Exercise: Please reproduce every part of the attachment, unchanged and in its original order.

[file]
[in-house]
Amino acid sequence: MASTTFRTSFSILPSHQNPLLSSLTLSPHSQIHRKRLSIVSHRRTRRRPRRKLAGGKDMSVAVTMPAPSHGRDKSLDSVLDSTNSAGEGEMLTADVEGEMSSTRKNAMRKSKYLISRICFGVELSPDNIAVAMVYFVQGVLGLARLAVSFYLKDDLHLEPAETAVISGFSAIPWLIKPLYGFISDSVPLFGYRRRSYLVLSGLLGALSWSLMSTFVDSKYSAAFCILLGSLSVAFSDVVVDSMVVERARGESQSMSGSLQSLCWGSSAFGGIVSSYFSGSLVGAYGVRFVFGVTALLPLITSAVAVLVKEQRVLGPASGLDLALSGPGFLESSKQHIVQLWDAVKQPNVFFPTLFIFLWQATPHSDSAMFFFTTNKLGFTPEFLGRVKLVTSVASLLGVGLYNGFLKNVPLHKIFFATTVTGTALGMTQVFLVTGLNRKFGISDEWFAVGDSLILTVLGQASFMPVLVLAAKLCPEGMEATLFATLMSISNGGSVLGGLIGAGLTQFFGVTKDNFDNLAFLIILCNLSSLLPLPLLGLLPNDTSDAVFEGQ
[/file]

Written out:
[in-house]
Amino acid sequence: MASTTFRTSFSILPSHQNPLLSSLTLSPHSQIHRKRLSIVSHRRTRRRPRRKLAGGKDMSVAVTMPAPSHGRDKSLDSVLDSTNSAGEGEMLTADVEGEMSSTRKNAMRKSKYLISRICFGVELSPDNIAVAMVYFVQGVLGLARLAVSFYLKDDLHLEPAETAVISGFSAIPWLIKPLYGFISDSVPLFGYRRRSYLVLSGLLGALSWSLMSTFVDSKYSAAFCILLGSLSVAFSDVVVDSMVVERARGESQSMSGSLQSLCWGSSAFGGIVSSYFSGSLVGAYGVRFVFGVTALLPLITSAVAVLVKEQRVLGPASGLDLALSGPGFLESSKQHIVQLWDAVKQPNVFFPTLFIFLWQATPHSDSAMFFFTTNKLGFTPEFLGRVKLVTSVASLLGVGLYNGFLKNVPLHKIFFATTVTGTALGMTQVFLVTGLNRKFGISDEWFAVGDSLILTVLGQASFMPVLVLAAKLCPEGMEATLFATLMSISNGGSVLGGLIGAGLTQFFGVTKDNFDNLAFLIILCNLSSLLPLPLLGLLPNDTSDAVFEGQ